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Prognosis and treatment of primary myelofibrosis

INTRODUCTION

Primary myelofibrosis (PMF), known in the past as agnogenic myeloid metaplasia or chronic idiopathic myelofibrosis, is one of the myeloproliferative neoplasms (figure 1). In addition to PMF, the group includes essential thrombocythemia (ET), and polycythemia vera (PV), both of which may undergo delayed disease transformation into a fibrotic state called post-ET myelofibrosis (post-ET MF) or post-PV MF, respectively. The conversion rates after 10 to 20 years of disease are less than 5 percent for ET and approximately 10 to 20 percent for PV. PMF, post-ET MF, and post-PV MF are all referred to as myelofibrosis (MF).

The prognosis and treatment of PMF will be reviewed here [1-4]. An overview of the myeloproliferative neoplasms, as well as discussions of pathogenetic mechanisms, clinical manifestations, and diagnosis of PMF, are presented separately. (See "Overview of the myeloproliferative neoplasms" and "Clinical manifestations and diagnosis of primary myelofibrosis" and "Pathogenetic mechanisms in primary myelofibrosis".)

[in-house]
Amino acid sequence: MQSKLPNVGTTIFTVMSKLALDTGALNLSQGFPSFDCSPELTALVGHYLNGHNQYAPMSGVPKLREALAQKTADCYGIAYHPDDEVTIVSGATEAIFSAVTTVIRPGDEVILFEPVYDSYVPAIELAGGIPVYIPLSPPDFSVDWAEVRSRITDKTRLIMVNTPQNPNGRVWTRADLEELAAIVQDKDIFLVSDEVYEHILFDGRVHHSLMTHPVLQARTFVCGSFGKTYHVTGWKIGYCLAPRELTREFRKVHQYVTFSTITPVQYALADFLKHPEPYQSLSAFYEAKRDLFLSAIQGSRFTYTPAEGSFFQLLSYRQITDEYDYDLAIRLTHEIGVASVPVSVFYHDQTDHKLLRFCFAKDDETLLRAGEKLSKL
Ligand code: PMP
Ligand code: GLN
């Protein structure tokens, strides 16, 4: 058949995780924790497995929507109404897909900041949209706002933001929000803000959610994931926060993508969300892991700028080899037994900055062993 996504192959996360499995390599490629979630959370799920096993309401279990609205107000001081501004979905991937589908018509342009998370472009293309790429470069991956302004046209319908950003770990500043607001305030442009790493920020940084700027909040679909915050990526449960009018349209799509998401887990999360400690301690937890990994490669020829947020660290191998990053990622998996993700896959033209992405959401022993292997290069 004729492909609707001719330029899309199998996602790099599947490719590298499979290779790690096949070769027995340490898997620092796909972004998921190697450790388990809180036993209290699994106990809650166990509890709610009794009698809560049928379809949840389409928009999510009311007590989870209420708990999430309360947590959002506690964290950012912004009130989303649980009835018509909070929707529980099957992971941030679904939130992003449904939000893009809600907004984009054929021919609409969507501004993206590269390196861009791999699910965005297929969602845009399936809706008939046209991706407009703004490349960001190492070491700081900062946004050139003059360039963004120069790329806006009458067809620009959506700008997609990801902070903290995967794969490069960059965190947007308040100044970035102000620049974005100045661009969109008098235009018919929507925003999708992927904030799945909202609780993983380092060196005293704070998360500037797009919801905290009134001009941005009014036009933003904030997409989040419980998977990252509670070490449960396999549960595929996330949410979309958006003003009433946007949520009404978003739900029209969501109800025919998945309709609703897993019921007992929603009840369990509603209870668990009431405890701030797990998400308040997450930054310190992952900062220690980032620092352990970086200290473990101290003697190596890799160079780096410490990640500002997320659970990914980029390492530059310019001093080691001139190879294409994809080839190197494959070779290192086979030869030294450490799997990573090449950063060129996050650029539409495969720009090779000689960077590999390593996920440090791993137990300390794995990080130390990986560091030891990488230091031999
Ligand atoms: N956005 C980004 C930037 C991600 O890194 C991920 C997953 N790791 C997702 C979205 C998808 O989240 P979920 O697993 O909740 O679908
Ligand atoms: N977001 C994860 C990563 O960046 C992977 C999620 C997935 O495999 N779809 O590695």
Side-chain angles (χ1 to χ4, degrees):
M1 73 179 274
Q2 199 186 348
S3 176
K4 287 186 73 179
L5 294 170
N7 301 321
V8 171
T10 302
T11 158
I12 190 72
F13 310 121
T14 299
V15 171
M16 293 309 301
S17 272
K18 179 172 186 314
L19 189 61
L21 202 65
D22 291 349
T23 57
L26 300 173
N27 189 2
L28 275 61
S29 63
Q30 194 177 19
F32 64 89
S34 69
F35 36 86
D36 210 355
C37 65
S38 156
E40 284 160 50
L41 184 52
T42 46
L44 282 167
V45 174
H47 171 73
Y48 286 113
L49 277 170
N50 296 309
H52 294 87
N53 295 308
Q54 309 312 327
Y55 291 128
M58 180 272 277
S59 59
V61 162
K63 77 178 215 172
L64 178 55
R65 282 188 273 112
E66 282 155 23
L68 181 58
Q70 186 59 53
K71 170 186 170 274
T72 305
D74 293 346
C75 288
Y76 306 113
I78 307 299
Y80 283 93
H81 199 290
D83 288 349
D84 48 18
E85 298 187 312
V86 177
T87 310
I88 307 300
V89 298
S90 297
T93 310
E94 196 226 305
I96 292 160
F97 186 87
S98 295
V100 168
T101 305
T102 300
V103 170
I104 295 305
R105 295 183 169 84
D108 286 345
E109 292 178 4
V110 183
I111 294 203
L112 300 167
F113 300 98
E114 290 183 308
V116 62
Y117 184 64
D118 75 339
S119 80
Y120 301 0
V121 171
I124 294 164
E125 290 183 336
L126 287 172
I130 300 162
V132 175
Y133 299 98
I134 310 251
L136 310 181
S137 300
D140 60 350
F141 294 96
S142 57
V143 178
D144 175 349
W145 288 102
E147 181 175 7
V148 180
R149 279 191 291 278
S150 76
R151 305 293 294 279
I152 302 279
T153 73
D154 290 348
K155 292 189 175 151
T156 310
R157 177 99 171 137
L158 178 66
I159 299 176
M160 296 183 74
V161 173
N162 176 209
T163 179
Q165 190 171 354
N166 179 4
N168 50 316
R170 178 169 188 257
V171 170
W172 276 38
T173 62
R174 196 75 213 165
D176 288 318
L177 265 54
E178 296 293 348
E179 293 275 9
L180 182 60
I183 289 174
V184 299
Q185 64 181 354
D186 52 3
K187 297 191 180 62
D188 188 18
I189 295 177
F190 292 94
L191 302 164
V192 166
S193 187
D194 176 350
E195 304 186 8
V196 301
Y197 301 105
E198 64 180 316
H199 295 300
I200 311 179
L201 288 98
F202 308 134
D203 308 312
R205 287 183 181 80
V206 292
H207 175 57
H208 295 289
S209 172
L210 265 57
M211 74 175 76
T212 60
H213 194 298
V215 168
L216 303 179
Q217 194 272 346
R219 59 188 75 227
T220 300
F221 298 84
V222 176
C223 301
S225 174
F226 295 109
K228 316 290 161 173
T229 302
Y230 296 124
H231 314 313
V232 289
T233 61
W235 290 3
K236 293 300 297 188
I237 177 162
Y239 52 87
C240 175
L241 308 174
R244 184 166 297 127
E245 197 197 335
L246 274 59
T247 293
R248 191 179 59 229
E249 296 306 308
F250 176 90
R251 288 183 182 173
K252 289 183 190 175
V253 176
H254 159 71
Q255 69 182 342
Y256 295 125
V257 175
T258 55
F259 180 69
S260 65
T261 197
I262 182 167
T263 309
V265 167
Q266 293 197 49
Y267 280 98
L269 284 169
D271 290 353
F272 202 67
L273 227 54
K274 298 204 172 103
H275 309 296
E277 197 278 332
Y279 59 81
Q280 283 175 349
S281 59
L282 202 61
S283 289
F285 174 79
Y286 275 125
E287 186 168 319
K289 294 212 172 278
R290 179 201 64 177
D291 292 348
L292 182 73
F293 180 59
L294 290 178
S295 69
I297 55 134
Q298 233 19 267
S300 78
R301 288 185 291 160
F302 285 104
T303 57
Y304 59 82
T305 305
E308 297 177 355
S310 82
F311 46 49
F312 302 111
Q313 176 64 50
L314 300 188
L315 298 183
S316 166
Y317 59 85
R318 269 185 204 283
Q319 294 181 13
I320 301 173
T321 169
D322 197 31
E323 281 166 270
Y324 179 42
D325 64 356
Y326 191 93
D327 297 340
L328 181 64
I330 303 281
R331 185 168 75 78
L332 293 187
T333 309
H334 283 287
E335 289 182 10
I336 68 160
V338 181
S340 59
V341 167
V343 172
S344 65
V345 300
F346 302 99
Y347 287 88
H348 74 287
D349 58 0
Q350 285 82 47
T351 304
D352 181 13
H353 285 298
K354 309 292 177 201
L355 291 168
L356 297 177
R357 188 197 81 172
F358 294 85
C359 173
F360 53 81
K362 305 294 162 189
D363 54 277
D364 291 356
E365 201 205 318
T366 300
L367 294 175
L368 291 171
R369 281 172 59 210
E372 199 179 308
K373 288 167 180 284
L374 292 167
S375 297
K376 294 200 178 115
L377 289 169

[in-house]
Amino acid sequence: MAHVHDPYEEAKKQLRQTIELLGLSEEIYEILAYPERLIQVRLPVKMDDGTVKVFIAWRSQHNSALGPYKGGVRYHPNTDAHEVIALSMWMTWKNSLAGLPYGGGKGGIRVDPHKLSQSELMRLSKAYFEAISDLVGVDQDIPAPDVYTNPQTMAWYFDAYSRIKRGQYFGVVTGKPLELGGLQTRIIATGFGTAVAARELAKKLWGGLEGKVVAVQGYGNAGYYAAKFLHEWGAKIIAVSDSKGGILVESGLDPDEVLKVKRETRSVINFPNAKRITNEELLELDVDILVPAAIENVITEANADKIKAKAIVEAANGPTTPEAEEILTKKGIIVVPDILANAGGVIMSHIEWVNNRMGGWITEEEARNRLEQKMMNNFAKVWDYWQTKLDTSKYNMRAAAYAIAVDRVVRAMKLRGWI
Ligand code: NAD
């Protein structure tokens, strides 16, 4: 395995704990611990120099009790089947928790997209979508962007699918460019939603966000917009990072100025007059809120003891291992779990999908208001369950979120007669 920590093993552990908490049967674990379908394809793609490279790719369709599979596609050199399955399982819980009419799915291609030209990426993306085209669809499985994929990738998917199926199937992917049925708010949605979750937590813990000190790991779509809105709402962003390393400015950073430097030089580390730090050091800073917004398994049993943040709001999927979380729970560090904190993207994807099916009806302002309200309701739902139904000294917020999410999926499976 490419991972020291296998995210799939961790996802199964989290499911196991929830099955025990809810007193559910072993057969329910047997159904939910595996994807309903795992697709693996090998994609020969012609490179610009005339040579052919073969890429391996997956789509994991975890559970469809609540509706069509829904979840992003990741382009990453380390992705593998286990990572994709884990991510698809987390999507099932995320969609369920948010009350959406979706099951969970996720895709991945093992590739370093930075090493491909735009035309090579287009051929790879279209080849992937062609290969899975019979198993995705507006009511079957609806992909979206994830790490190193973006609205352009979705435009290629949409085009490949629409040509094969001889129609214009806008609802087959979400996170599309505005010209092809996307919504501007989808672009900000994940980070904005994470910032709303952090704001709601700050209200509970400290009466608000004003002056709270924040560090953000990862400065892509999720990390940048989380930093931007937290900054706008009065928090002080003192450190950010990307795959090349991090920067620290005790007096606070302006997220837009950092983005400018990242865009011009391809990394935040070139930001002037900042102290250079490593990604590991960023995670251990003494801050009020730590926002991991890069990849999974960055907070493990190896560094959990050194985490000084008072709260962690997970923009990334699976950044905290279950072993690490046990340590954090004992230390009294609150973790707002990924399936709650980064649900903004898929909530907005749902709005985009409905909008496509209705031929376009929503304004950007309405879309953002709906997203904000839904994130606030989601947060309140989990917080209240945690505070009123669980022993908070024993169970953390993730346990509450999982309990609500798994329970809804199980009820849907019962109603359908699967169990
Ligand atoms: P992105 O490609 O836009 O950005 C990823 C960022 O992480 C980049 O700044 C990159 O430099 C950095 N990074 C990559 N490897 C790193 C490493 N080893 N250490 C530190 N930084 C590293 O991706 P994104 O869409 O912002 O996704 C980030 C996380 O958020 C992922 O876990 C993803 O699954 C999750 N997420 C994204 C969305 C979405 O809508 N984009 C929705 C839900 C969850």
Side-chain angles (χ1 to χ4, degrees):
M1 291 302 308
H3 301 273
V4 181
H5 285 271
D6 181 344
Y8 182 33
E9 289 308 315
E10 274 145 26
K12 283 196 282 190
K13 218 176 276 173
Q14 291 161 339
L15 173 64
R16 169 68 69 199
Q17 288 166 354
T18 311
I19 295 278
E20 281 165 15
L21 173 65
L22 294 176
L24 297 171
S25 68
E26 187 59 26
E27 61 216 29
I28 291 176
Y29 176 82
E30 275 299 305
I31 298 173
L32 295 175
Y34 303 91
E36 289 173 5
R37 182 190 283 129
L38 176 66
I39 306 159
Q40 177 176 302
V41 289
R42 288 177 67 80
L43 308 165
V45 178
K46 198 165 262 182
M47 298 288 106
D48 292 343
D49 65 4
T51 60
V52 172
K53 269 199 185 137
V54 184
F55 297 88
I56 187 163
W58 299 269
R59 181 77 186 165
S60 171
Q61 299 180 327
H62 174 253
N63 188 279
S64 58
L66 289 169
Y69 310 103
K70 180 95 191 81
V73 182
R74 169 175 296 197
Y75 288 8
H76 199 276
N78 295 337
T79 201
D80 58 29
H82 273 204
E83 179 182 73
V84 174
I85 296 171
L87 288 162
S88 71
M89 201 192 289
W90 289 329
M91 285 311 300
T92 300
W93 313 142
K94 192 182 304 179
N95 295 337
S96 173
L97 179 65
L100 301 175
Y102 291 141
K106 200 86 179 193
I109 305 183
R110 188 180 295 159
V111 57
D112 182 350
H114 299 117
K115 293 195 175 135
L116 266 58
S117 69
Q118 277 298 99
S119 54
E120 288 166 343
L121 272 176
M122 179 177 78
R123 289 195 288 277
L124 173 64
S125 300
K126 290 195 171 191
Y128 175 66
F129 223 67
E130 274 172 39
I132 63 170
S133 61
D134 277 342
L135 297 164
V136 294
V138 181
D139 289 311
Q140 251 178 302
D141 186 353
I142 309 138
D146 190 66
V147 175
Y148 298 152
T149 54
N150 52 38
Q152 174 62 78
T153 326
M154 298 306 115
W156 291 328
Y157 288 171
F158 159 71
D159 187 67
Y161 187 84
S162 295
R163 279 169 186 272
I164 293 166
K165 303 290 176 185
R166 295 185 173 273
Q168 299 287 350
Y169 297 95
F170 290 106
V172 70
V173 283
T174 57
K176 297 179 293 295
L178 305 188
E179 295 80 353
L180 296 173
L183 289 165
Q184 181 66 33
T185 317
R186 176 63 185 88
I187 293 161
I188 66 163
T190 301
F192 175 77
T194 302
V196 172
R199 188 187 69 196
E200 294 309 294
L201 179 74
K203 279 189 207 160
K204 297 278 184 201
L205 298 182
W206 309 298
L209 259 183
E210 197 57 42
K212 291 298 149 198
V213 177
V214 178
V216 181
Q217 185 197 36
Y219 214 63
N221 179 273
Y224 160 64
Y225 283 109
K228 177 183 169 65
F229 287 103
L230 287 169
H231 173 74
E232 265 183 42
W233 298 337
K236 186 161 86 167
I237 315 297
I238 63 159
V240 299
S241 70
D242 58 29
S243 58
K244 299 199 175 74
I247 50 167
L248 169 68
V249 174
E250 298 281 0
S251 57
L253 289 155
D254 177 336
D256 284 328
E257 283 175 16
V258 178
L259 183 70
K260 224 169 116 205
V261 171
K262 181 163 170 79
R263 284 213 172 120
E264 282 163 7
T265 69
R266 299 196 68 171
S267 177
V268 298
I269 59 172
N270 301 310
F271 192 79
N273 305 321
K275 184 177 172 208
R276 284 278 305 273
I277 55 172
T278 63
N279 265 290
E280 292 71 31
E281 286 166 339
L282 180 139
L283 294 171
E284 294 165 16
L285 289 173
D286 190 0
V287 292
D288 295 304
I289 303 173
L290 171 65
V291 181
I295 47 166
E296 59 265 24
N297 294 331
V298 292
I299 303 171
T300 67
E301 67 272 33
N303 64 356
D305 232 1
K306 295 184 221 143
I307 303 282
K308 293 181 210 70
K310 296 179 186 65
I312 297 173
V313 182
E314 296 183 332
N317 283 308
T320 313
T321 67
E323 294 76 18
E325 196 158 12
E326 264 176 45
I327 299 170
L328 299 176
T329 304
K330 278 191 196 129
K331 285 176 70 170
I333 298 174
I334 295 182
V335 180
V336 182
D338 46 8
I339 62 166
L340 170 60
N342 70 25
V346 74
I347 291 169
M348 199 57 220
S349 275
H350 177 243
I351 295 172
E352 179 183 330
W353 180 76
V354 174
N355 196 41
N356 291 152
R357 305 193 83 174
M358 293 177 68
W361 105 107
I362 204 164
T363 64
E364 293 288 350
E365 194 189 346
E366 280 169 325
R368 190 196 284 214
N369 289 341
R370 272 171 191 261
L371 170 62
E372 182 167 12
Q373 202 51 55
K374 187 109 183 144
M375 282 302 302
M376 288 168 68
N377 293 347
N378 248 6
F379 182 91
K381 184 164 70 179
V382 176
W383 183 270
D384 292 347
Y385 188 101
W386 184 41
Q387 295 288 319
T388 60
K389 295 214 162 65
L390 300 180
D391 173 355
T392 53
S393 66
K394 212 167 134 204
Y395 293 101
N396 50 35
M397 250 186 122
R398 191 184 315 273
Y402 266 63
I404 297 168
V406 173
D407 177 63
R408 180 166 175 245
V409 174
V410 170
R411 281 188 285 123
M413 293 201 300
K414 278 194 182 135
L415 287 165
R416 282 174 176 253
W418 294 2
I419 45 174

CLINICAL FEATURES

Most patients with primary myelofibrosis (PMF) present with anemia, marked splenomegaly, early satiety, and hypercatabolic symptoms including severe fatigue, low grade fever, night sweats, and weight loss [5]. During their clinical course, most patients experience massive hepatosplenomegaly along with progressive anemia requiring frequent red blood cell transfusions. Portal hypertension might accompany marked splenomegaly and could contribute to variceal bleeding or ascites. (See "Clinical manifestations and diagnosis of primary myelofibrosis".)

Hepatosplenomegaly in PMF results from extramedullary hematopoiesis (EMH), which might also involve other organ sites, including around the spinal column, causing cord compression, or in the pleural and peritoneal cavity, causing pleural effusion or ascites, respectively.

PROGNOSIS

In an epidemiologic study of patients within Olmsted county, the three-year survival rate was 52 percent [6]. Longer survival times have been reported in several non-population-based studies, including the series used for constructing the International Prognostic Scoring System (IPSS) for primary myelofibrosis (PMF), in which the median survival was reported to be 69 months [7].

                                            

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Literature review current through: Oct 2014. | This topic last updated: Nov 10, 2014.
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